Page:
* How did you get started in your field? Ever since I can remember I enjoyed making things. My parents encouraged us to create our own toys and games. It helped we weren’t allowed to watch much television. In addition, giving back to others has always been part of my vernacular since childhood. However, the two things did not connect until graduate school at RISD. It was during the Design for Development seminar that I realized I could combine my passions for design and women’s rights. I truly believe that every profession can be used for positive change.
* What inspires you? The potential for human centered design to change lives and the environment.
* What three words describe your work best: Human Centric, Holistic, Vibrant
* What three words describe YOU best: Creative, Passionate, Adventurous
* One thing about you that might surprise people: I was an Irish dancer all the way through high school, wig and all!
* Why Louisville? So many people end up leaving Louisville, what helped keep you in the 502?: The rumbling possibilities for young professionals to create innovation in a compassionate community.
* Favorite Louisville Neighborhood: Highlands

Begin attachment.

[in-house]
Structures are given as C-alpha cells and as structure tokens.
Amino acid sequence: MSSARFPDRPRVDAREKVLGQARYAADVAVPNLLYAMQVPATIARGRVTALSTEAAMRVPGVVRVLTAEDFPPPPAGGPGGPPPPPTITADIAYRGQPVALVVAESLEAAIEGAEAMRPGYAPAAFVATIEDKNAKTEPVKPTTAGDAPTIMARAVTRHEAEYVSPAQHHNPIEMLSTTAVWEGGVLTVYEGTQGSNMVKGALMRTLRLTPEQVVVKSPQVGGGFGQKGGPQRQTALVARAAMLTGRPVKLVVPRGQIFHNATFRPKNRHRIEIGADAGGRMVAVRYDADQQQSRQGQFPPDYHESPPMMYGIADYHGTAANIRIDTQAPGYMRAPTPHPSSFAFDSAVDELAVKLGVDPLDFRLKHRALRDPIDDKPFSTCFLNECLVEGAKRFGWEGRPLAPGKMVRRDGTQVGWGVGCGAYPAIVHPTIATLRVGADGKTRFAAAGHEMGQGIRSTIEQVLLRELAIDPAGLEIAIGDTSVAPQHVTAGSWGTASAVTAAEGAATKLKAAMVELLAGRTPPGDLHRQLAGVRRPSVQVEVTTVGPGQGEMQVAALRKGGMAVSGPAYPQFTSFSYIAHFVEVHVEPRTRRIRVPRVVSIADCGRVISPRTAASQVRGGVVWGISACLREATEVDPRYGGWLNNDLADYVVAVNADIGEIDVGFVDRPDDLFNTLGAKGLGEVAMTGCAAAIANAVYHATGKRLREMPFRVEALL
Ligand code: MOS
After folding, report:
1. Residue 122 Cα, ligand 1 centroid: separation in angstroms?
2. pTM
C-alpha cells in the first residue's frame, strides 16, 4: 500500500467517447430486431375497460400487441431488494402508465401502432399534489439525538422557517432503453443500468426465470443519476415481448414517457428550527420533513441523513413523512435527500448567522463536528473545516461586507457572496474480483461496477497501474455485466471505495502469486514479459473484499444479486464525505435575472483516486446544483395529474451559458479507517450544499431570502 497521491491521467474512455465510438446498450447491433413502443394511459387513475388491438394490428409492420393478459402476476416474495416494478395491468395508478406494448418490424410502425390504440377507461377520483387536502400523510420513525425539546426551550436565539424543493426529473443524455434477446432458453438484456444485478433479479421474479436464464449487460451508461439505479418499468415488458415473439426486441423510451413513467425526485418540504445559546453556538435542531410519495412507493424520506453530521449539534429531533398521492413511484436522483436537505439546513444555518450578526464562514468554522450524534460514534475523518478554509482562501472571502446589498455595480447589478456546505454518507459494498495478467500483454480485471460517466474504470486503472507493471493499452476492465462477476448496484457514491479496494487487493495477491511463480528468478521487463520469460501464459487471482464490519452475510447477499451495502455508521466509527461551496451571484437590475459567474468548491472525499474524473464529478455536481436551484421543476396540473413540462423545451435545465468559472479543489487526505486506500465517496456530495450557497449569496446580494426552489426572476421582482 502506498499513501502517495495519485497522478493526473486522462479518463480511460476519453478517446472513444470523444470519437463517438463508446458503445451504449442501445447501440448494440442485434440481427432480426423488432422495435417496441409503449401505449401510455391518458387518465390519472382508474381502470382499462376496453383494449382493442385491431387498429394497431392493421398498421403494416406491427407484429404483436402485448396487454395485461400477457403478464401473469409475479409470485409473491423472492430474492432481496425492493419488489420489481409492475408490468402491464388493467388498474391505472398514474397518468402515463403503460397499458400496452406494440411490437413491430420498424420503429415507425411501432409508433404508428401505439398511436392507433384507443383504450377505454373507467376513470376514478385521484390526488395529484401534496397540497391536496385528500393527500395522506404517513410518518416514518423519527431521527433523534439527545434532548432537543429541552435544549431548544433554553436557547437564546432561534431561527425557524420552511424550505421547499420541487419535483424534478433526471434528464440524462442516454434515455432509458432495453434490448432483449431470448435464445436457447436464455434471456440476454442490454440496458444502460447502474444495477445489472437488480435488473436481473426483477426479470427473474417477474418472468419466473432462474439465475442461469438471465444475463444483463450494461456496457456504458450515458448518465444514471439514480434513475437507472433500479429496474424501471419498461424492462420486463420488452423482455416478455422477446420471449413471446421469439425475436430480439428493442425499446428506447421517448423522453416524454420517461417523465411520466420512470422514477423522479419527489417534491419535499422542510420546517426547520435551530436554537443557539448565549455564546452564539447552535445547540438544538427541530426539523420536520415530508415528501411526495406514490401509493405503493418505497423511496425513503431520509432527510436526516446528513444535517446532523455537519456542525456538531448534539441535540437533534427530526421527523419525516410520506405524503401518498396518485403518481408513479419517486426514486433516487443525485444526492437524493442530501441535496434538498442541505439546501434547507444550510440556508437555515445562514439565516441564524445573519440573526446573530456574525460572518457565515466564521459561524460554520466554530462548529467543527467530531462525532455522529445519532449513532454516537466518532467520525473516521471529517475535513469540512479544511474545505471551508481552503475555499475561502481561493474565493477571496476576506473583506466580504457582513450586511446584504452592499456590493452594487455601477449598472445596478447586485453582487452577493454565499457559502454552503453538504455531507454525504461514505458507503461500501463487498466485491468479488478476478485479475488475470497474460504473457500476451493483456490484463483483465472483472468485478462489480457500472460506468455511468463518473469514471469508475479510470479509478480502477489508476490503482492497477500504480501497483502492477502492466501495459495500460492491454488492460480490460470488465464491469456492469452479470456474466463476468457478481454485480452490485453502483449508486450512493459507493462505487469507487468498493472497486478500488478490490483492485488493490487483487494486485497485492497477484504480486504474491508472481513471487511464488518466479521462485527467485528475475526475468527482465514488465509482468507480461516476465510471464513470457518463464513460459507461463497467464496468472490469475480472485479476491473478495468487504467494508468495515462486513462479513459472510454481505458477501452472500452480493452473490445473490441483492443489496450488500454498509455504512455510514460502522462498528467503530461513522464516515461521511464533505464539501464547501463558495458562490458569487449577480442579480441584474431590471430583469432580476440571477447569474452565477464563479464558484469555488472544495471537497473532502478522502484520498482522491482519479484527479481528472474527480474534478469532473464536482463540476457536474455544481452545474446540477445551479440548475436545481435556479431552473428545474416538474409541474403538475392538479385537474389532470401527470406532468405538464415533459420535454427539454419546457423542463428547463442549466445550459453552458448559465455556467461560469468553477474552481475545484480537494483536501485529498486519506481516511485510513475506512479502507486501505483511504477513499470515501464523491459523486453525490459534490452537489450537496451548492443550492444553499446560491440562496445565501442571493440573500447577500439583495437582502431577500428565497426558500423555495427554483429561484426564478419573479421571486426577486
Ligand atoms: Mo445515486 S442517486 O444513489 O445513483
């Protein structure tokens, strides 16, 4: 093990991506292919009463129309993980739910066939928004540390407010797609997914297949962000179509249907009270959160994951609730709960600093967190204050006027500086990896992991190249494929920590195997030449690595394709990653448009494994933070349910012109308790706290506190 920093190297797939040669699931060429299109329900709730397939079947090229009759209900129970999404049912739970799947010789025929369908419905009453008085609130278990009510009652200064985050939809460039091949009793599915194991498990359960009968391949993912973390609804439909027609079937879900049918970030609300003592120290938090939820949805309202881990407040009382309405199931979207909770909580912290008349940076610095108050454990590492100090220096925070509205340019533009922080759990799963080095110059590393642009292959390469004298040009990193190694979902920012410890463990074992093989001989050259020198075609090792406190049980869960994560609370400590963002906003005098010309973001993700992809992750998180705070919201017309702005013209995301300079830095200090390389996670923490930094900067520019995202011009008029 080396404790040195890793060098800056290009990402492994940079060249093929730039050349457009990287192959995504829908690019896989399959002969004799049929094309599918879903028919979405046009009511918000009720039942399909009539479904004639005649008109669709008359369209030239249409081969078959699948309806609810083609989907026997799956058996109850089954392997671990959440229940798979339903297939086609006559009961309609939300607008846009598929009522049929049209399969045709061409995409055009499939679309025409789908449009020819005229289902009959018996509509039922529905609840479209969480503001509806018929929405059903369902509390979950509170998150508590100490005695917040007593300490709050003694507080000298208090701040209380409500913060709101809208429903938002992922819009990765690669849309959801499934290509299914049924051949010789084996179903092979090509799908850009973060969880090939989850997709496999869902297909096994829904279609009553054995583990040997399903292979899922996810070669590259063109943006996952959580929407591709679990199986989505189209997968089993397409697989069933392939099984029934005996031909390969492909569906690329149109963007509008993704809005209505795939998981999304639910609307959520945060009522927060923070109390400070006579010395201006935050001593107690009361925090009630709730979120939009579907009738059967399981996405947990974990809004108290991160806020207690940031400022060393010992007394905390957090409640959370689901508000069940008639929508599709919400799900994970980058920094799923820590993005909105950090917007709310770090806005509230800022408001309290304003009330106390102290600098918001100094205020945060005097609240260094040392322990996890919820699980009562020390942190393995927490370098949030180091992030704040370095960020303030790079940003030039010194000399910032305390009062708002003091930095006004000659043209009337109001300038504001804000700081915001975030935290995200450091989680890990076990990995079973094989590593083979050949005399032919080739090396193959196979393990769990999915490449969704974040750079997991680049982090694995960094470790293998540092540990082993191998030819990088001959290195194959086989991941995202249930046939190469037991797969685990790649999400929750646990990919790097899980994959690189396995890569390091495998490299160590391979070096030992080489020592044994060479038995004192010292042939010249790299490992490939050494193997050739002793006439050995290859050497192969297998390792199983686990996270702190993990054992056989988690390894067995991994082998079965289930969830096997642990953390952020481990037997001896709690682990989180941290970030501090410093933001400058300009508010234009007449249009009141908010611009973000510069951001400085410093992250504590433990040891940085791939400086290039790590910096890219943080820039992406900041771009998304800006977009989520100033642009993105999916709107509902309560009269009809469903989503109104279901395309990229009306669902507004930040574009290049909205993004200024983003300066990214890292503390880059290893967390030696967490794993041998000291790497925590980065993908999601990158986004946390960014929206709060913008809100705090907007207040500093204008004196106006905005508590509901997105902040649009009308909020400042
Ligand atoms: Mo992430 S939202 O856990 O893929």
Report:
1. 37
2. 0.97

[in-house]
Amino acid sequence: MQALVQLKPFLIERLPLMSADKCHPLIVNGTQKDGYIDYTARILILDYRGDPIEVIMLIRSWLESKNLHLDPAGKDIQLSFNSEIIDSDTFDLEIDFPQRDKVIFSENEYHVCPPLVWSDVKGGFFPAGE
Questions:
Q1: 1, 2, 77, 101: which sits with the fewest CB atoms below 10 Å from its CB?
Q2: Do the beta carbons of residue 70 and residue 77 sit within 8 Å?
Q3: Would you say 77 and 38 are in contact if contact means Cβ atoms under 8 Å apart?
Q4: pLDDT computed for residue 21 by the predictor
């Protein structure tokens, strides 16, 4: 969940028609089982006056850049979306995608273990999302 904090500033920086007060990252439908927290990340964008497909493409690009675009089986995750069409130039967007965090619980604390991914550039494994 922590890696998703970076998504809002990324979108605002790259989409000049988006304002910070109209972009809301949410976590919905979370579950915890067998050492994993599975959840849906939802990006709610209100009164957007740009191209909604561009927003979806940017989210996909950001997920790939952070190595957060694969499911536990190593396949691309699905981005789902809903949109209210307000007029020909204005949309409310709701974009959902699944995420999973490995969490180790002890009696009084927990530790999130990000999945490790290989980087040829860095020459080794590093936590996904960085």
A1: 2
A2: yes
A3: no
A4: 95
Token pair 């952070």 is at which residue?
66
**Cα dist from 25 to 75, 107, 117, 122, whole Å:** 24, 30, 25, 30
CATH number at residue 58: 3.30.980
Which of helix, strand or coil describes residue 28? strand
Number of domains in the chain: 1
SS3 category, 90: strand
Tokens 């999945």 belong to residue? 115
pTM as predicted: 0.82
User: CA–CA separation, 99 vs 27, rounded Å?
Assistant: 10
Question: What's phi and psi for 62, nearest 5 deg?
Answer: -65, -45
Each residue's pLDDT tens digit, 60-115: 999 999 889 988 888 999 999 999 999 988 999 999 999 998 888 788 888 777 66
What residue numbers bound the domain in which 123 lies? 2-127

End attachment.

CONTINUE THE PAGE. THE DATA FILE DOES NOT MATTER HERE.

* Favorite Spot for a Drink: Decca
* Favorite Lunch Spot: Mayan Cafe
* Favorite Dinner Spot: Jack Fry’s
* You’ve got to try (or go to): Ride bikes through the Parklands
* Favorite Festival: Forecastle
* Favorite Pizza Spot: Spinellis
* If someone is visiting from out of town and only has time to go to three places, where do you send them? Waterfront Park & Big Four Bridge, Jack Fry’s, Zanzabar
* Your company is such an inspiration, what inspired you to start Anchal? During a graduate seminar at the Rhode Island School of Design, our class traveled to India and I was exposed to the extreme oppression women faced there. I was inspired to create change. We felt compelled to take the project beyond the classroom with the conviction that our design training in collaboration with local leadership could address seemingly intractable social and environmental systems. The women we met became our sisters, sisters we had to fight for.